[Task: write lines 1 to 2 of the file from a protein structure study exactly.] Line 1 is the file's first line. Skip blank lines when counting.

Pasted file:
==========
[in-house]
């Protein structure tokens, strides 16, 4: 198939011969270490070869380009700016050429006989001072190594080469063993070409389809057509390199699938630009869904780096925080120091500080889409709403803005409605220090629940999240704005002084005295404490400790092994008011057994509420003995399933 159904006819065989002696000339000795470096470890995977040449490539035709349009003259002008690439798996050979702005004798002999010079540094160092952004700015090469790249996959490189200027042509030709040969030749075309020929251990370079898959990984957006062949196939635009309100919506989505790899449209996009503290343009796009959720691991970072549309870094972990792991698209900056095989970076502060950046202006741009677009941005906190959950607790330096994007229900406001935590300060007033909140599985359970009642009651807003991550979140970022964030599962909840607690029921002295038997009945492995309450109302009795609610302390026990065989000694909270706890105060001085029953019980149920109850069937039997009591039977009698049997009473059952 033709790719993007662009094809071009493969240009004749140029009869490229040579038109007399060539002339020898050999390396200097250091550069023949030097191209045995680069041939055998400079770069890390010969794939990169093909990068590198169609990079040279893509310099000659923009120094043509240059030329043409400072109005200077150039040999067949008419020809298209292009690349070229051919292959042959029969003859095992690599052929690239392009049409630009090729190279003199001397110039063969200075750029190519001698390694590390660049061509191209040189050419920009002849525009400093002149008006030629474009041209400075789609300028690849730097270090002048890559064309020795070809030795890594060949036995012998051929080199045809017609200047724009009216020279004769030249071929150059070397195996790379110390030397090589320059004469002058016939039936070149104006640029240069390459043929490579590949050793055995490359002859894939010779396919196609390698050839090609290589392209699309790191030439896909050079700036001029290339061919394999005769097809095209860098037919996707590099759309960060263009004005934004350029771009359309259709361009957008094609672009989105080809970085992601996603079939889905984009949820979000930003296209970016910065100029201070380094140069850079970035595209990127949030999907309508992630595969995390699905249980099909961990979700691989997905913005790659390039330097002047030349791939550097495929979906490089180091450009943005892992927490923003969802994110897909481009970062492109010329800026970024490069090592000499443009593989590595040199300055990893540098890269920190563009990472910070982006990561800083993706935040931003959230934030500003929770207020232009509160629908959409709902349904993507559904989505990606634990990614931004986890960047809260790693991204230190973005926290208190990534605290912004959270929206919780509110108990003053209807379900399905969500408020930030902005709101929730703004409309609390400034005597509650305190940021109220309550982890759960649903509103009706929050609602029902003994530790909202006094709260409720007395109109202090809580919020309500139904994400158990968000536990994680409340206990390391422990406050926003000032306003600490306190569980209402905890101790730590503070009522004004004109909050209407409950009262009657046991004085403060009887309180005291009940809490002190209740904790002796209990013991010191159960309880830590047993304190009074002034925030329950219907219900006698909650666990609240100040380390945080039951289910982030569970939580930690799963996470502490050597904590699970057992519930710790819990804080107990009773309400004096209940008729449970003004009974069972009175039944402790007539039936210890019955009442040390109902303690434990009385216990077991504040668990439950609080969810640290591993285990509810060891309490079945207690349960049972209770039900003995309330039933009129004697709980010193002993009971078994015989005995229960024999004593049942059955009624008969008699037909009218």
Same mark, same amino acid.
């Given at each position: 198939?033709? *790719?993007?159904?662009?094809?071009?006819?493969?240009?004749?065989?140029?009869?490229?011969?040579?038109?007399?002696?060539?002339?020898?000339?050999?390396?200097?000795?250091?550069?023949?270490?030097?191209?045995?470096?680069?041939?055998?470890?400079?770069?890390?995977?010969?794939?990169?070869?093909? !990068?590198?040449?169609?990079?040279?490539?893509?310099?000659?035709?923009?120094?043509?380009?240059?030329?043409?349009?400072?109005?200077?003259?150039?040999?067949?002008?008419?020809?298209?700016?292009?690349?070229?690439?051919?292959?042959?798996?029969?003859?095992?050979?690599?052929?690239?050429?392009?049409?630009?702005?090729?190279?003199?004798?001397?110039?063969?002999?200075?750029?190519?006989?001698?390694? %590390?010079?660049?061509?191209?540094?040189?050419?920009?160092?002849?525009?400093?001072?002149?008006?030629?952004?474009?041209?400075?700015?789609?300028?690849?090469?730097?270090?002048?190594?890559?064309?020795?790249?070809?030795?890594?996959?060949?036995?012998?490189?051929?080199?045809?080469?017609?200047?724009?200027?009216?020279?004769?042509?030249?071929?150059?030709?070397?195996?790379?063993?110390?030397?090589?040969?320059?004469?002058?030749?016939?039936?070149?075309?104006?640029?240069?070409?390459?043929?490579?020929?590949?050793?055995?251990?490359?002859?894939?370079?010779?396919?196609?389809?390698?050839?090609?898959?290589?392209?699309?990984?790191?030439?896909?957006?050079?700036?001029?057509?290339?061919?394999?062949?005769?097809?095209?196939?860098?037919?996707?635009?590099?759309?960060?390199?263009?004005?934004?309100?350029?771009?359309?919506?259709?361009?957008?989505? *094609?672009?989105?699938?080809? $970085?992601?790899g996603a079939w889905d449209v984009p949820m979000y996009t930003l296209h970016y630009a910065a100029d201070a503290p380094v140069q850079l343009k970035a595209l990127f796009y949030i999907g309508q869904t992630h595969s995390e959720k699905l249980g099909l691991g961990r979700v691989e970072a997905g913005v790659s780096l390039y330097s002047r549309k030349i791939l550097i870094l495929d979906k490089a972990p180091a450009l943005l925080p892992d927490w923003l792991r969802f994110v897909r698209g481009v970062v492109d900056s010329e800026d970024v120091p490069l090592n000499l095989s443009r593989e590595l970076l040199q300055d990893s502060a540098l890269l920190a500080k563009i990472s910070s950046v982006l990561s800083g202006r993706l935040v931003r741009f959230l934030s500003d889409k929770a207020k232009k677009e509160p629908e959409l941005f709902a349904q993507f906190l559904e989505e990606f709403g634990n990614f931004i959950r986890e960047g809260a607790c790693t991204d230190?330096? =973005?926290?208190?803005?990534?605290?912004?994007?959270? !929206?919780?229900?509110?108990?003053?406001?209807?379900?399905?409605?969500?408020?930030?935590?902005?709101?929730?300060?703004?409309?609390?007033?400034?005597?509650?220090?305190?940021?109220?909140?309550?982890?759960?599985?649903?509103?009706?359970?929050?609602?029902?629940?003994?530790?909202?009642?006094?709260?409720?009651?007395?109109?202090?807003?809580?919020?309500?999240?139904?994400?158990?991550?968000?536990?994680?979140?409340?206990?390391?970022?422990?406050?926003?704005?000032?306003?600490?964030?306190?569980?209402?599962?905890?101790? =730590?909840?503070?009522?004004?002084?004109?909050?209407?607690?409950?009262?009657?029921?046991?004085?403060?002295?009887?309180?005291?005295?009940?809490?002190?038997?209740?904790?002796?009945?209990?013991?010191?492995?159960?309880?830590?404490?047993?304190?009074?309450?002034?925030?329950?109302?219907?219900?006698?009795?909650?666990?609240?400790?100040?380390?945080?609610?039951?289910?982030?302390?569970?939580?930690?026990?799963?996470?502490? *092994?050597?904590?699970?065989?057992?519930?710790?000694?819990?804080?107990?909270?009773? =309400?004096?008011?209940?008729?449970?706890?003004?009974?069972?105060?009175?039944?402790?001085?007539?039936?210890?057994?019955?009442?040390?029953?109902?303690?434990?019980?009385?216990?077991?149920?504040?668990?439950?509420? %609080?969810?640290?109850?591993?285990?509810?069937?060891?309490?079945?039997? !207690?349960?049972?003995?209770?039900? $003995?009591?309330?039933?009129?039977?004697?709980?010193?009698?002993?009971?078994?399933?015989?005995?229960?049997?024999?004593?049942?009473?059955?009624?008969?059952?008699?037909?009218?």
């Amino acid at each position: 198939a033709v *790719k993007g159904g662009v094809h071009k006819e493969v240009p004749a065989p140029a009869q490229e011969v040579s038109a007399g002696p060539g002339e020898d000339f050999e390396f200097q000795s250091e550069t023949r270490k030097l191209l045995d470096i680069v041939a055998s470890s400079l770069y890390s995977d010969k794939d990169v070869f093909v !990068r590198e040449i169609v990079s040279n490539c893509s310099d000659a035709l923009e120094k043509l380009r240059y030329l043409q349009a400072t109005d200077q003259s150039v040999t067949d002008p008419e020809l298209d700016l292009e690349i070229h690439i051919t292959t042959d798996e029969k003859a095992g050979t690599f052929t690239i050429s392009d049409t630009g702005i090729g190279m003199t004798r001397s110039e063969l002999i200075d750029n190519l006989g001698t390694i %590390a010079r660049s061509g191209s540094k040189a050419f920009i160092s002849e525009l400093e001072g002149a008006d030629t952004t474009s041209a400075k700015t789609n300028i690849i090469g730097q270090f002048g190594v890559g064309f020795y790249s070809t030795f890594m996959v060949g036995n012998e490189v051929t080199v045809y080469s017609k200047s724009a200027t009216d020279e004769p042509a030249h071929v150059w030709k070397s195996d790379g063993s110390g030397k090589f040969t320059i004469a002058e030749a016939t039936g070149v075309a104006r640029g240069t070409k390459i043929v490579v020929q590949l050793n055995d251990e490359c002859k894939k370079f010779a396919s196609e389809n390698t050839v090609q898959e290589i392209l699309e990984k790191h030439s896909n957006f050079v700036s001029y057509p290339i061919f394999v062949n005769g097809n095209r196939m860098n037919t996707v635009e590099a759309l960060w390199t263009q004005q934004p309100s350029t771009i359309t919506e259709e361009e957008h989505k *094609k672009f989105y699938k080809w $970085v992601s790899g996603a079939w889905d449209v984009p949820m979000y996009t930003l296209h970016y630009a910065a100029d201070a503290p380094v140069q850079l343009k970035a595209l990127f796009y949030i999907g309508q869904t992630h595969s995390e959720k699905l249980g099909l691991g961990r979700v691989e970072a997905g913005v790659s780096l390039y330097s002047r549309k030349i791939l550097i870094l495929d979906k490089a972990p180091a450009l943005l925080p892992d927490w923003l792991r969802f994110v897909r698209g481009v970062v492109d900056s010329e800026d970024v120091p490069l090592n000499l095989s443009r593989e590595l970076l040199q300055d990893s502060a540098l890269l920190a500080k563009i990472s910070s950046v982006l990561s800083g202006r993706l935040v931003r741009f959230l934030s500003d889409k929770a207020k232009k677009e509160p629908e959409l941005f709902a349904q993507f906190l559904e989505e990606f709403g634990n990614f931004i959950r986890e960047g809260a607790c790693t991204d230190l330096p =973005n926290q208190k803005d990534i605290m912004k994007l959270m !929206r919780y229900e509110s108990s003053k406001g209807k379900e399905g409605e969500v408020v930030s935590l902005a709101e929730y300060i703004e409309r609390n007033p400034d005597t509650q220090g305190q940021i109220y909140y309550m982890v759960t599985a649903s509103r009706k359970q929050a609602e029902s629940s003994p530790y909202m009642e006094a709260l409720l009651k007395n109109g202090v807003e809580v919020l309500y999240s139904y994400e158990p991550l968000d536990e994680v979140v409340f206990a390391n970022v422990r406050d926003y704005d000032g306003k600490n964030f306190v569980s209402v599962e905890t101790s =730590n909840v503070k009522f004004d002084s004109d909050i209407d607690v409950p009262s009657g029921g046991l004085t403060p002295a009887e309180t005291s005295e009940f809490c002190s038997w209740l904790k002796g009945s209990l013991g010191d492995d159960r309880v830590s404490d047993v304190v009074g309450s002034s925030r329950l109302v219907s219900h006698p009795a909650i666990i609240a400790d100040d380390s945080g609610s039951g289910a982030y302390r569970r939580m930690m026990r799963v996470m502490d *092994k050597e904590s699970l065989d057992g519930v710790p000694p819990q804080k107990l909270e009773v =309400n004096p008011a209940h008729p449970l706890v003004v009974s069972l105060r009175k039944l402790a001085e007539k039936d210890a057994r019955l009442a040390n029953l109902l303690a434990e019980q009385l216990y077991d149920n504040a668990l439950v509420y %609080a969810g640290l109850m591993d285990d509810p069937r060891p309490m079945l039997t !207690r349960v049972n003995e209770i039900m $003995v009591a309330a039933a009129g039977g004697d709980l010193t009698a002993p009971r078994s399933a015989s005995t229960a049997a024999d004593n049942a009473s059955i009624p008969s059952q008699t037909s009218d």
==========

[in-house]
């Protein structure tokens, strides 16, 4: 198939011969270490070869380009700016050429006989001072190594080469063993070409389809057509390199699938630009869904780096925080120091500080889409709403803005409605220090629940999240704005002084005295404490400790092994008011057994509420003995399933 159904006819065989002696000339000795470096470890995977040449490539035709349009003259002008690439798996050979702005004798002999010079540094160092952004700015090469790249996959490189200027042509030709040969030749075309020929251990370079898959990984957006062949196939635009309100919506989505790899449209996009503290343009796009959720691991970072549309870094972990792991698209900056095989970076502060950046202006741009677009941005906190959950607790330096994007229900406001935590300060007033909140599985359970009642009651807003991550979140970022964030599962909840607690029921002295038997009945492995309450109302009795609610302390026990065989000694909270706890105060001085029953019980149920109850069937039997009591039977009698049997009473059952 033709790719993007662009094809071009493969240009004749140029009869490229040579038109007399060539002339020898050999390396200097250091550069023949030097191209045995680069041939055998400079770069890390010969794939990169093909990068590198169609990079040279893509310099000659923009120094043509240059030329043409400072109005200077150039040999067949008419020809298209292009690349070229051919292959042959029969003859095992690599052929690239392009049409630009090729190279003199001397110039063969200075750029190519001698390694590390660049061509191209040189050419920009002849525009400093002149008006030629474009041209400075789609300028690849730097270090002048890559064309020795070809030795890594060949036995012998051929080199045809017609200047724009009216020279004769030249071929150059070397195996790379110390030397090589320059004469002058016939039936070149104006640029240069390459043929490579590949050793055995490359002859894939010779396919196609390698050839090609290589392209699309790191030439896909050079700036001029290339061919394999005769097809095209860098037919996707590099759309960060263009004005934004350029771009359309259709361009957008094609672009989105080809970085992601996603079939889905984009949820979000930003296209970016910065100029201070380094140069850079970035595209990127949030999907309508992630595969995390699905249980099909961990979700691989997905913005790659390039330097002047030349791939550097495929979906490089180091450009943005892992927490923003969802994110897909481009970062492109010329800026970024490069090592000499443009593989590595040199300055990893540098890269920190563009990472910070982006990561800083993706935040931003959230934030500003929770207020232009509160629908959409709902349904993507559904989505990606634990990614931004986890960047809260790693991204230190973005926290208190990534605290912004959270929206919780509110108990003053209807379900399905969500408020930030902005709101929730703004409309609390400034005597509650305190940021109220309550982890759960649903509103009706929050609602029902003994530790909202006094709260409720007395109109202090809580919020309500139904994400158990968000536990994680409340206990390391422990406050926003000032306003600490306190569980209402905890101790730590503070009522004004004109909050209407409950009262009657046991004085403060009887309180005291009940809490002190209740904790002796209990013991010191159960309880830590047993304190009074002034925030329950219907219900006698909650666990609240100040380390945080039951289910982030569970939580930690799963996470502490050597904590699970057992519930710790819990804080107990009773309400004096209940008729449970003004009974069972009175039944402790007539039936210890019955009442040390109902303690434990009385216990077991504040668990439950609080969810640290591993285990509810060891309490079945207690349960049972209770039900003995309330039933009129004697709980010193002993009971078994015989005995229960024999004593049942059955009624008969008699037909009218």